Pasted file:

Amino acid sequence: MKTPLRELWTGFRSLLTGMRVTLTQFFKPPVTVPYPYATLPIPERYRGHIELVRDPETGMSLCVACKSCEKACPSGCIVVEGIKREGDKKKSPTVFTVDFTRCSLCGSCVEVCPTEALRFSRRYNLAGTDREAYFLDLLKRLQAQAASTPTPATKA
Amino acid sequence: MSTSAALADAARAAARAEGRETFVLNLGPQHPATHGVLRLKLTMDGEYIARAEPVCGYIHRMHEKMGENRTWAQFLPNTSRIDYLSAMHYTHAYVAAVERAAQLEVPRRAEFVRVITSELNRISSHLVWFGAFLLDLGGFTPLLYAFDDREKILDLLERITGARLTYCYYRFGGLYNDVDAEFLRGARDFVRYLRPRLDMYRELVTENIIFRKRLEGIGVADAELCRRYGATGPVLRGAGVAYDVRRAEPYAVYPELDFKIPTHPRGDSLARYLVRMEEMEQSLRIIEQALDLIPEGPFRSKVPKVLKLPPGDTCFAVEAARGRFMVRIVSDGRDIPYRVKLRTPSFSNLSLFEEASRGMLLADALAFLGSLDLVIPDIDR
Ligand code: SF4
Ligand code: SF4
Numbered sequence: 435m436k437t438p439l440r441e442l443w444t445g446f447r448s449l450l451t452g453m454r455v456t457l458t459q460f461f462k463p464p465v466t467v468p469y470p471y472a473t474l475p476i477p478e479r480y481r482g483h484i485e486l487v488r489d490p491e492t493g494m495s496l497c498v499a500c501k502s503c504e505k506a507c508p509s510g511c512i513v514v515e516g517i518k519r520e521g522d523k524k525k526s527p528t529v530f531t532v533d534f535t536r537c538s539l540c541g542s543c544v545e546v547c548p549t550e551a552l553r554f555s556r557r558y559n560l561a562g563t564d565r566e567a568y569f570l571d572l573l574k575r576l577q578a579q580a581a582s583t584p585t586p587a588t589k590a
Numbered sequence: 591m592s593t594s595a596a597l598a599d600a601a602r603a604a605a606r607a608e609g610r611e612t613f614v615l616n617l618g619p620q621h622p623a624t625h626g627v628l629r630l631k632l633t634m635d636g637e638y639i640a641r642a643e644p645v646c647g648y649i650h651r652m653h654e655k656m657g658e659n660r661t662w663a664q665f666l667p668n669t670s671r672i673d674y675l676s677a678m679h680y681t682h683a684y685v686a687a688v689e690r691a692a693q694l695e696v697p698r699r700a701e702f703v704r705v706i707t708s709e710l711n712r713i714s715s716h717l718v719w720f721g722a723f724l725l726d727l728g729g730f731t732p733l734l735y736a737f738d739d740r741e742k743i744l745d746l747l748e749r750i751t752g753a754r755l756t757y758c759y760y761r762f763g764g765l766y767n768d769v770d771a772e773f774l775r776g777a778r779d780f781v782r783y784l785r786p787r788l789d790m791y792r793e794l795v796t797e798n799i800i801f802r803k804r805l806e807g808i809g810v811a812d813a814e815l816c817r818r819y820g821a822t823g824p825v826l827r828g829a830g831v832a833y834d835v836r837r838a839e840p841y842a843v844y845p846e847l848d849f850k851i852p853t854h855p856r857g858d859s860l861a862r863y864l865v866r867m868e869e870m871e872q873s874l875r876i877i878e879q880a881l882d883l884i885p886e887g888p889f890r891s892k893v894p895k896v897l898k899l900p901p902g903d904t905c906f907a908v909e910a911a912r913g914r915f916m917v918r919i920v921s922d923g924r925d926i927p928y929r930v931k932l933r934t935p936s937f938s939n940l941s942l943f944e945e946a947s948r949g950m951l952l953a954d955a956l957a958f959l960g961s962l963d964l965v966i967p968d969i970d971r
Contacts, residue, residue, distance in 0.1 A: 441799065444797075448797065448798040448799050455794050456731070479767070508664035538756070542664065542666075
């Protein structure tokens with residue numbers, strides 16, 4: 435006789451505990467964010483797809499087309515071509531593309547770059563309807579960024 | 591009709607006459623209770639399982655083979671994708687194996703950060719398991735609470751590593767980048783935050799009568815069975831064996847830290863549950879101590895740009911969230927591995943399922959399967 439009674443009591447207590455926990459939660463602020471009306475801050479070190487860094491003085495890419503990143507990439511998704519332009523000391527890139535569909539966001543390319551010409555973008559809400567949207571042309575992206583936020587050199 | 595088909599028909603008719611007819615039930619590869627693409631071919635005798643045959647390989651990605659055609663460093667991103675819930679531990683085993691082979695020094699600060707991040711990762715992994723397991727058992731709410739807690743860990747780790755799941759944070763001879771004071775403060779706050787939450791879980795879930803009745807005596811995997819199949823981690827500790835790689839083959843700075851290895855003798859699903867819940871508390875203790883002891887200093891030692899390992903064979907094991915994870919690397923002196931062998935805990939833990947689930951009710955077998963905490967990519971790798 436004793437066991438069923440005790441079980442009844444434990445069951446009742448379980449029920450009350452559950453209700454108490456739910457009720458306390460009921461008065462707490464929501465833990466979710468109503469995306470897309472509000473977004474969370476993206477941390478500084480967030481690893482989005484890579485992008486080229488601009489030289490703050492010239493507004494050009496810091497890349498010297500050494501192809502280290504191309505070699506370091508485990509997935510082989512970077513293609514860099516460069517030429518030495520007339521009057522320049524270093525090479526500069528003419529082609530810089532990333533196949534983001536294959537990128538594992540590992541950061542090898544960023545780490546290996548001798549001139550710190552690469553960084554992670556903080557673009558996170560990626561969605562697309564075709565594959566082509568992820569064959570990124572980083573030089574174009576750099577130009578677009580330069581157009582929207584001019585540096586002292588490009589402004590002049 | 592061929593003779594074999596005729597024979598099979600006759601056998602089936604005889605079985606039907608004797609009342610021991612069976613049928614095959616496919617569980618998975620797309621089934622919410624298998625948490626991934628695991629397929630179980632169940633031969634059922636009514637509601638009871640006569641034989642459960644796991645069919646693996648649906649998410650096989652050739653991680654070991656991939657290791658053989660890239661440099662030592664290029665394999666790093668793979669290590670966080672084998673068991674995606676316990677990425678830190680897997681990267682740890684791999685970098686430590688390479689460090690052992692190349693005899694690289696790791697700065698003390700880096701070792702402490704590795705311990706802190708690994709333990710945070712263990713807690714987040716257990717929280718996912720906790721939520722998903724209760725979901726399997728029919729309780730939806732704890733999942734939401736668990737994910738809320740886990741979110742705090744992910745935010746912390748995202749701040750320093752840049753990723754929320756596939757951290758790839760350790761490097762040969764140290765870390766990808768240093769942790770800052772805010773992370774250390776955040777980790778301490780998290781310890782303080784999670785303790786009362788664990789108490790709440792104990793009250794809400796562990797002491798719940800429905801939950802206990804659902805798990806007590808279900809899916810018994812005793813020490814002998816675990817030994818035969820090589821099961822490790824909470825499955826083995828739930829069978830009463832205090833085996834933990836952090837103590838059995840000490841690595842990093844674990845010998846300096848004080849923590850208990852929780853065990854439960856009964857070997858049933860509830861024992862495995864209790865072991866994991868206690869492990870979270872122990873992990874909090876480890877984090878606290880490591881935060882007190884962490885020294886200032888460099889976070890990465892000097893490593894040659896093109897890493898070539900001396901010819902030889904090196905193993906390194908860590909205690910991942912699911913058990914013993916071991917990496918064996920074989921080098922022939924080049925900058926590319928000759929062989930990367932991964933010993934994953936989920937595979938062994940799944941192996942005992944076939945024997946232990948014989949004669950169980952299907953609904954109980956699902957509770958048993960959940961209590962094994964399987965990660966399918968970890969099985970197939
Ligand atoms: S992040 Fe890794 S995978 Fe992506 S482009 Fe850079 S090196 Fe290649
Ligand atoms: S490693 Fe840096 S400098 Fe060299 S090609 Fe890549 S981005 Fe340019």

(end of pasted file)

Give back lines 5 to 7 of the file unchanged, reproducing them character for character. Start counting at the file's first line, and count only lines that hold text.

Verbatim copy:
Numbered sequence: 435m436k437t438p439l440r441e442l443w444t445g446f447r448s449l450l451t452g453m454r455v456t457l458t459q460f461f462k463p464p465v466t467v468p469y470p471y472a473t474l475p476i477p478e479r480y481r482g483h484i485e486l487v488r489d490p491e492t493g494m495s496l497c498v499a500c501k502s503c504e505k506a507c508p509s510g511c512i513v514v515e516g517i518k519r520e521g522d523k524k525k526s527p528t529v530f531t532v533d534f535t536r537c538s539l540c541g542s543c544v545e546v547c548p549t550e551a552l553r554f555s556r557r558y559n560l561a562g563t564d565r566e567a568y569f570l571d572l573l574k575r576l577q578a579q580a581a582s583t584p585t586p587a588t589k590a
Numbered sequence: 591m592s593t594s595a596a597l598a599d600a601a602r603a604a605a606r607a608e609g610r611e612t613f614v615l616n617l618g619p620q621h622p623a624t625h626g627v628l629r630l631k632l633t634m635d636g637e638y639i640a641r642a643e644p645v646c647g648y649i650h651r652m653h654e655k656m657g658e659n660r661t662w663a664q665f666l667p668n669t670s671r672i673d674y675l676s677a678m679h680y681t682h683a684y685v686a687a688v689e690r691a692a693q694l695e696v697p698r699r700a701e702f703v704r705v706i707t708s709e710l711n712r713i714s715s716h717l718v719w720f721g722a723f724l725l726d727l728g729g730f731t732p733l734l735y736a737f738d739d740r741e742k743i744l745d746l747l748e749r750i751t752g753a754r755l756t757y758c759y760y761r762f763g764g765l766y767n768d769v770d771a772e773f774l775r776g777a778r779d780f781v782r783y784l785r786p787r788l789d790m791y792r793e794l795v796t797e798n799i800i801f802r803k804r805l806e807g808i809g810v811a812d813a814e815l816c817r818r819y820g821a822t823g824p825v826l827r828g829a830g831v832a833y834d835v836r837r838a839e840p841y842a843v844y845p846e847l848d849f850k851i852p853t854h855p856r857g858d859s860l861a862r863y864l865v866r867m868e869e870m871e872q873s874l875r876i877i878e879q880a881l882d883l884i885p886e887g888p889f890r891s892k893v894p895k896v897l898k899l900p901p902g903d904t905c906f907a908v909e910a911a912r913g914r915f916m917v918r919i920v921s922d923g924r925d926i927p928y929r930v931k932l933r934t935p936s937f938s939n940l941s942l943f944e945e946a947s948r949g950m951l952l953a954d955a956l957a958f959l960g961s962l963d964l965v966i967p968d969i970d971r
Contacts, residue, residue, distance in 0.1 A: 441799065444797075448797065448798040448799050455794050456731070479767070508664035538756070542664065542666075